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The Malaysian Inland Revenue Board (IRB) has issued an updated Tax Audit Framework (2018 Framework), which is effective from 1 April 2018 onwards. The 2018 Framework replaces the previous Tax Audit Framework that was issued on 1 May 2017.

The 2018 Framework sets out the rights and responsibilities of audit officers and taxpayers in the event of an audit, and provides a general outline of how income tax audits are conducted. This alert discusses the key updates contained in the 2018 Framework.

Key Updates

Tighter timeline to furnish documents and information

In a typical audit, the IRB will contact the taxpayer by way of a letter, which lists the documents and information that are to be furnished to the IRB. Previously, taxpayers were granted a 21-day period to respond to the IRB's request for documents and information. Under the 2018 Framework, the timeline for taxpayers to comply with the IRB's request has been shortened to 14 days.

If the taxpayer does not respond by the deadline, the IRB may still proceed to commence the audit (for e.g., by visiting the taxpayer's premises without notice).

Given the tighter timeline, taxpayers should carry out periodic reviews of their tax records to ensure that documents and information that are typically requested by the IRB at the commencement of an audit are readily available.

Raising a Notice of Assessment without a formal desk audit

The 2018 Framework states that in certain cases, a desk audit will not be conducted, and the IRB will not issue any letter to the taxpayer to request for documents or information prior to issuing a Notice of Assessment. In such cases, the IRB will provide the taxpayer with details of the audit adjustments and the additional tax payable together with the Notice of Assessment.

Taxpayers should be aware of their rights of appeal in the event that a Notice of Assessment is received, given the fairly short deadline to file an appeal by way of the prescribed Form Q (ie, 30 days from the date of receipt of the Notice of Assessment).

Expansion of audit to associated companies and controlled companies

Under the 2018 Framework, the IRB may expand the scope of the audit to include associated companies and controlled companies, without prior notice to the taxpayer.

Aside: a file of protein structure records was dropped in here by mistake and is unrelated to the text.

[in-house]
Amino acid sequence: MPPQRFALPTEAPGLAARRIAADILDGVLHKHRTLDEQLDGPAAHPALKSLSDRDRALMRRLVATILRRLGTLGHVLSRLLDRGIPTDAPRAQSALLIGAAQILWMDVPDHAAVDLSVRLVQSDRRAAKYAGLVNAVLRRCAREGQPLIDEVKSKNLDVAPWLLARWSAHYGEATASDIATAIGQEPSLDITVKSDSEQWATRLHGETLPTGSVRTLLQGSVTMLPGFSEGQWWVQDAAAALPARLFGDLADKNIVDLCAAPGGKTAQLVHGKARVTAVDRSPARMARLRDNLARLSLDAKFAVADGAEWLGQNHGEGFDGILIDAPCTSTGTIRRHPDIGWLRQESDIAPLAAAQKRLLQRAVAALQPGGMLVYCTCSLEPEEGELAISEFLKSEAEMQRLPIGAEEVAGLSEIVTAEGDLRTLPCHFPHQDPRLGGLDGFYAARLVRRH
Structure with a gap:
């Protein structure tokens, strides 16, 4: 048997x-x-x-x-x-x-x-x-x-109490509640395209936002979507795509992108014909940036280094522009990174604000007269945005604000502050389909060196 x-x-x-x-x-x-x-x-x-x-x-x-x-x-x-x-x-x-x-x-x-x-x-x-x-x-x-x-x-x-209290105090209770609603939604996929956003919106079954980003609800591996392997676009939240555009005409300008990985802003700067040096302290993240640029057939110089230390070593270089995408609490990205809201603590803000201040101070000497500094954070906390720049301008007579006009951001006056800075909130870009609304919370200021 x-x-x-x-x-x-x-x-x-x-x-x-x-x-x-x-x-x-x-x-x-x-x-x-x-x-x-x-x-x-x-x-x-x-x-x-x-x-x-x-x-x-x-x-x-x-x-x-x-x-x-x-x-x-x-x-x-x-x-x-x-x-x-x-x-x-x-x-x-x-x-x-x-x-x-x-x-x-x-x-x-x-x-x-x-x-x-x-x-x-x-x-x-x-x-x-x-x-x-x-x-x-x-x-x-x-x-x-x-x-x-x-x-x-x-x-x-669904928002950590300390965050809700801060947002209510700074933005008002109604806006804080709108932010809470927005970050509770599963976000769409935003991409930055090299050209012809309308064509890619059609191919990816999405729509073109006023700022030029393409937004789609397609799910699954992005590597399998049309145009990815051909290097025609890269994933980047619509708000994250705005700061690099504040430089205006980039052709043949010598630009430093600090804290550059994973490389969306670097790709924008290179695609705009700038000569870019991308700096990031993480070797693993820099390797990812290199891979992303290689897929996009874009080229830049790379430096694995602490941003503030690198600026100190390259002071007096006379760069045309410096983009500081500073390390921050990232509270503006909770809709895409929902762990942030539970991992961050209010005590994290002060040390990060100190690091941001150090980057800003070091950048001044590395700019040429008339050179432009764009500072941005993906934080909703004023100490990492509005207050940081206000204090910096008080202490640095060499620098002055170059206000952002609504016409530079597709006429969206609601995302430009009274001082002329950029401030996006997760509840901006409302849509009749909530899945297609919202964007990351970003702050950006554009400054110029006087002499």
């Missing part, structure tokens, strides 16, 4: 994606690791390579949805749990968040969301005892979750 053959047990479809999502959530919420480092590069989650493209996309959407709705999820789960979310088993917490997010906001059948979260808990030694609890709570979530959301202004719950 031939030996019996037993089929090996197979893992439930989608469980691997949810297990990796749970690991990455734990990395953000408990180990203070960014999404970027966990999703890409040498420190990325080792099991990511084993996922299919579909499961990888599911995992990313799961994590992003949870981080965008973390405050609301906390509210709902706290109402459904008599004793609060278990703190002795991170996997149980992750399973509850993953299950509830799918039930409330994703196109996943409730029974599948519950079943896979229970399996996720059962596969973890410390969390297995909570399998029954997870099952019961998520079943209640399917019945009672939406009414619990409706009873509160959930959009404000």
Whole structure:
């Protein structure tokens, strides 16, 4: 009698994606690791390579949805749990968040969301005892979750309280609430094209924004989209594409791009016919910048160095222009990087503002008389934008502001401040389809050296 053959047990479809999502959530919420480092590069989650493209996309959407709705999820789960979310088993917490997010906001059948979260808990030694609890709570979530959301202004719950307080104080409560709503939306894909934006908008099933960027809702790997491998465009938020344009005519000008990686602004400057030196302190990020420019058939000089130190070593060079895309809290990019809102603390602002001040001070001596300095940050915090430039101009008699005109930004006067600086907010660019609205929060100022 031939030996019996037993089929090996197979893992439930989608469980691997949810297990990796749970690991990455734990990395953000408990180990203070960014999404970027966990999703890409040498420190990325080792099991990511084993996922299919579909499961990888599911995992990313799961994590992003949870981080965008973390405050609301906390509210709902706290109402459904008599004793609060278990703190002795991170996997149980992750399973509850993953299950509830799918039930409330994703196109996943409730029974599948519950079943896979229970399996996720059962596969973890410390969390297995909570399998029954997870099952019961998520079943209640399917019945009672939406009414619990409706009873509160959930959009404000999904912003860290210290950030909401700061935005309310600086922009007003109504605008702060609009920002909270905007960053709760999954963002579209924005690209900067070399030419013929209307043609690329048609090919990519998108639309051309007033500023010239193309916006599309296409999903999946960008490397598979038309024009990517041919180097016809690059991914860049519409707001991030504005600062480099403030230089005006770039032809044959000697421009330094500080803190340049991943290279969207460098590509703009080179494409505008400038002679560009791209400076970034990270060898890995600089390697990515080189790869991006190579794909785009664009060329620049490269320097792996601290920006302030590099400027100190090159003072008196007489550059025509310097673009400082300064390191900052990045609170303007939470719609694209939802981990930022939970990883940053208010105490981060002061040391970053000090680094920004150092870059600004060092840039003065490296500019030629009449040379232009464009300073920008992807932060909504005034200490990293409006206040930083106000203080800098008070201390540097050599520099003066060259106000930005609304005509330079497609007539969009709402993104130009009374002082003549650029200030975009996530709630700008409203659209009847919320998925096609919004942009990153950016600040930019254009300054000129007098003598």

Expected time frame for the completion of tax audits

Under the 2018 Framework, the expected timeframe for the completion of audit cases has been reduced to 3 months from 4 months. The IRB will inform the taxpayer if the audit cannot be completed within 3 months.

Tighter timeline to respond to proposed tax adjustments

Upon completion of the audit process, the IRB will inform the taxpayer of any proposed tax adjustments and issues that arose in the course of the audit. Under the 2018 Framework, the taxpayer has 18 days to object to the proposed tax adjustments; previously, the taxpayer had 21 days.

Voluntary disclosure by taxpayers

The IRB encourages taxpayers to voluntarily disclose any tax non-compliance, either in writing or by way of e-mail to the Director of the relevant IRB branch. Under the 2018 Framework, a taxpayer that: (i) meets its tax return filing deadline, and (ii) makes a voluntary disclosure before the commencement of an audit (ie, before the IRB issues a letter to request for documents and information), can generally expect a reduction in the penalties that would normally apply. Concessionary penalty rates1 may apply depending on the timing of the voluntary disclosure:

Timing of Voluntary Disclosure Penalty Rate
Within 60 days from the tax return filing deadline 10%
After 60 days but less than 6 months from the tax return filing deadline 15.5%
More than 6 months from the tax return filling deadline 35%


The tighter timelines under the 2018 Framework appear to be aimed at reducing the duration of tax audits, and are consistent with recent announcements by the Director General of Inland Revenue that there will be an increase in the number of desk audits this year. Given that the IRB is intensifying its efforts to detect tax non-compliance, taxpayers should consider undertaking a health check or review of their tax position to identify potential risk areas and conduct risk mitigation planning.


1 In contrast, under the Income Tax Act 1967, a penalty of up to 100% of the undercharged tax may be imposed for an incorrect tax return.


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